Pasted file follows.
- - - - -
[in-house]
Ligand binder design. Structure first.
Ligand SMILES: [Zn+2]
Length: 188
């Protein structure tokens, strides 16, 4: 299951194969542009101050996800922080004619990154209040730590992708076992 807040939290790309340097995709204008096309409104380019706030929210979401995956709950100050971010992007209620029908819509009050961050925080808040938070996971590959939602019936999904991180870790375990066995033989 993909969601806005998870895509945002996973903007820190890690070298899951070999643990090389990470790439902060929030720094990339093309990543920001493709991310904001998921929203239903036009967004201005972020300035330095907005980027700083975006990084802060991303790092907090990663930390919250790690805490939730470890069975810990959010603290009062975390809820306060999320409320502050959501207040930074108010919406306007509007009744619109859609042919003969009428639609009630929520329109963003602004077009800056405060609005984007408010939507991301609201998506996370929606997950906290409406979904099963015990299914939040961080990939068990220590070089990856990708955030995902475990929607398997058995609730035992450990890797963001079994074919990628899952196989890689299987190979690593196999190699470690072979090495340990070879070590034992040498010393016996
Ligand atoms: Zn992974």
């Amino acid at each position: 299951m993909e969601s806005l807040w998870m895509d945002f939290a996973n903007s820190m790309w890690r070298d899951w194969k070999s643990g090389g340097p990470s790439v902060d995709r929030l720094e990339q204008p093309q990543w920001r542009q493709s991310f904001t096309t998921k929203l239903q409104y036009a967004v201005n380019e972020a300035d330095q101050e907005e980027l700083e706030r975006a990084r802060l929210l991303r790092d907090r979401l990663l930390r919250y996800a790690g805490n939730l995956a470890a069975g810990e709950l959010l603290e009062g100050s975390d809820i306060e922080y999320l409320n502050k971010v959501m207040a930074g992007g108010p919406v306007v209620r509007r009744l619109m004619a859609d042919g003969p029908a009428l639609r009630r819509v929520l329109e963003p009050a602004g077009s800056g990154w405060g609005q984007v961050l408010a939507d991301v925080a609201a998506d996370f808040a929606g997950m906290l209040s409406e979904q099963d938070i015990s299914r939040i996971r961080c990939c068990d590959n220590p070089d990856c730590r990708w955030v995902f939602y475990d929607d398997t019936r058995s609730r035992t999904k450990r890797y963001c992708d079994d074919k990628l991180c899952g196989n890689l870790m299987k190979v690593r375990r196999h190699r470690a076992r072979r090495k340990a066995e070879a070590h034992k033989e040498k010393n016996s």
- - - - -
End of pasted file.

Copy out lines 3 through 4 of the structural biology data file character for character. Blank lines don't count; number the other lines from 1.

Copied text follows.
Ligand SMILES: [Zn+2]
Length: 188